Microsoft has released Windows 10 build 14328 to "Windows Insider" previewers. The build is available for both PC and mobile, and is described by VP Gabe Aul as a "MAJOR build, packed with lots of new features and improvements".
The new features will be part of the Windows 10 Anniversary Update which is set for release in Summer 2016.
Although IT professionals will regard features like Ubuntu on Windows and "Project Centennial" (the ability to convert desktop applications to Store apps) as more important, the focus of this build is on innovations that ordinary users will notice. Top of the list is a reworked Start menu, or what Aul prefers to call an "updated Start Experience."
The revised Start menu has a fixed "rail" down the left hand side, for the Power icon and customisable Explorer shortcuts for standard folders like Pictures and Music. The "All apps" list is now always on view, where previously you had to click or tap to expand it. This means less clicking, which is good, though when combined with Live Tiles it is now a three-pane layout which looks busier.
The revised Start menu in Build 14328
In Tablet Mode Microsoft has changed the All Apps menu so that it fills the screen, more like it did in Windows 8. You can also now set the taskbar to auto-hide in Tablet Mode only. This is part of an effort to make Windows 10 the equal of Windows 8.x for tablet users, though it is not an easy task as this thoughtful thread on why Windows 10 is worse demonstrates. Is it possible to make an operating system that is satisfying both for tablet and desktop users? The jury is still out.
The other headline feature in this build is the Ink Workspace. Microsoft and pen computing go back a long way. Former CEO Bill Gates demonstrated Windows for Pen Computing in the early Nineties. You might describe it as a successful niche for the company, but niche it has remained. "Who wants a stylus?" said Steve Jobs at MacWorld 2007, "you have to get 'em, and put 'em away, and you lose 'em, yucch!"
The stylus has its place though, as even Apple now recognises, and the new Ink Workspace is an effort to make using a pen easier. "Using a pen on Windows can be a complicate place” confesses Group Program Manager Li-Chen Miller. The Ink Workspace is a kind of Start menu for ink applications, and lets you launch a Sketchpad app with simple pen controls and a ruler for drawing straight lines, a Screen Sketch which is essentially Sketchpad with the current screen as a background, for annotating your work, an updated Sticky Notes app, and a link to other ink-enabled apps in the Store.
Stylus support in Windows 10 is important for certain types of user, such as designers, artists, or business users in scenarios where keyboard and mouse are impractical. That said, Microsoft's continuing efforts to make it mainstream may be misguided. It is dispiriting to read Miller's statement that "our team is just getting started." After 25 years, you would have thought Microsoft would be further along. Reasonable further questions would be whether partitioning Ink applications away from the standard Start menu is a good idea, and why Microsoft has built yet another sketching application after previous good work with Fresh Paint.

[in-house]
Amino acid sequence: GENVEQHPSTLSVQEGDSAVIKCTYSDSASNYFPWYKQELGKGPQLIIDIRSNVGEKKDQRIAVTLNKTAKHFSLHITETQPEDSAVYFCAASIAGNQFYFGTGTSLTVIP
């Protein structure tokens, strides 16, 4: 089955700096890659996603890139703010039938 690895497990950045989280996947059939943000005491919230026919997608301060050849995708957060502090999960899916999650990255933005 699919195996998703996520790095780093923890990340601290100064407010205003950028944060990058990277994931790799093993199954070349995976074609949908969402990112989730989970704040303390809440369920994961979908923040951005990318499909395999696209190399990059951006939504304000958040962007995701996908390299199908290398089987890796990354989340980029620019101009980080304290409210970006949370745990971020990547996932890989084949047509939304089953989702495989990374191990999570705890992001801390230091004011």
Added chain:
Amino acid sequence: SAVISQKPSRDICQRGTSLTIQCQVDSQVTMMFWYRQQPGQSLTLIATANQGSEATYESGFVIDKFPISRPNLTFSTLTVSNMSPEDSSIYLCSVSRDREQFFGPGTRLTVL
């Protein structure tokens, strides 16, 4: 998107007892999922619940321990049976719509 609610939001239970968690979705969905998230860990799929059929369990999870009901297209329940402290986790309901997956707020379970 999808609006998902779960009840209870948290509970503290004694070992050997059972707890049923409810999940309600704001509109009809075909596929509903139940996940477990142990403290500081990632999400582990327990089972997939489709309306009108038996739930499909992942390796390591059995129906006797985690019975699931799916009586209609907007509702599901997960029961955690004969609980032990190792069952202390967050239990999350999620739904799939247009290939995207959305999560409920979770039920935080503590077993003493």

Despite these caveats, the ability to annotate the current screen with a few taps and a quick scribble is a neat feature.
Windows 10 Anniversary Update will also include plenty of minor tweaks, many of which have found their way into this build. You can now reset an app's settings, which as Aul notes, "is useful if an app gets into a bad state." You can switch between virtual desktops with a touchpad, media controls show on the Lock screen, User Account Control (UAC) elevation now supports Windows Hello, File Explorer has a new icon, file search works across OneDrive and the local PC, and Cortana has some upgrades including some functionality even for those who have not signed in and enabled personalisation.
Windows retains a capacity to perplex which Microsoft would do well to reduce or eliminate. For example, I ran the new Screen Sketch tool and saved my work to the default location, which is C:\[USERNAME]\Pictures. I then returned to the desktop, opened Windows Explorer, and looked in Pictures in the Quick Access list. The image was not there. I looked in Pictures under "This PC". Still not there. The reason, it turned out, was that OneDrive is the default location for pictures if you are Windows Explorer, but apparently not if you are Screen Sketch. The annoyance here is that Windows has had, since Windows 7, a "Library" feature that lets you merge folders, but this is not used by default. On the positive side, search found my image instantly.
Another disappointment came when I tried out Cortana with what seemed to me a straightforward request, "Make a note." Cortana thought for ages, and then came up with a web search, rather than opening some variety of Sticky Note as I had expected.
This is a preview though, and Aul notes that "With the amount of code change in this build there are going to be some rough edges." Microsoft has also announced a "Windows 10 Anniversary Update Bug Bash" coming soon, which Aul describes as having "the team spend the time focused on finding new unreported issues." Many Windows users would cheerfully trade new features for a more reliable and predictable experience, so here's hoping that many bugs get bashed. ®